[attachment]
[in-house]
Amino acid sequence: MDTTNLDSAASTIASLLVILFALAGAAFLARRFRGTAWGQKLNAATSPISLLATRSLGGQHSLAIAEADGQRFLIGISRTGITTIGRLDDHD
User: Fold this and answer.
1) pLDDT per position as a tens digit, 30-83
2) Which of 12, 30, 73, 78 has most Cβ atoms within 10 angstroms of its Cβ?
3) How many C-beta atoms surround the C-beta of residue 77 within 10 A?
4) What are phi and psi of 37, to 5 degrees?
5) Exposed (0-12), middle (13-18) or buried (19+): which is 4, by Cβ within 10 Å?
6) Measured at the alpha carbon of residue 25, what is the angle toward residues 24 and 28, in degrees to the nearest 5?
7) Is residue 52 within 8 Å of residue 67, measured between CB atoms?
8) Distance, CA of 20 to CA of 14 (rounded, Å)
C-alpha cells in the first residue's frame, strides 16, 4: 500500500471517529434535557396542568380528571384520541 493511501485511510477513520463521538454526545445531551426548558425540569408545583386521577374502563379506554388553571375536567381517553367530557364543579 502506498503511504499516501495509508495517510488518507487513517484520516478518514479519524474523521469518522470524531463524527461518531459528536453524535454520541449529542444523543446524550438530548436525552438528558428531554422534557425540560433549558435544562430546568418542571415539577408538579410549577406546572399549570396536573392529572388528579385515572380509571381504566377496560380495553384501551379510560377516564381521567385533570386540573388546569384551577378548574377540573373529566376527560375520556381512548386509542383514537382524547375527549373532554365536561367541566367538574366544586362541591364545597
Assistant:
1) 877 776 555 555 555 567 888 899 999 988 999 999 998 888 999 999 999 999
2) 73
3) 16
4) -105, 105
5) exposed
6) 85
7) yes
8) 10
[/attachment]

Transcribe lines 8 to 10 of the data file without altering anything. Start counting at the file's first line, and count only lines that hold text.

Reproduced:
5) Exposed (0-12), middle (13-18) or buried (19+): which is 4, by Cβ within 10 Å?
6) Measured at the alpha carbon of residue 25, what is the angle toward residues 24 and 28, in degrees to the nearest 5?
7) Is residue 52 within 8 Å of residue 67, measured between CB atoms?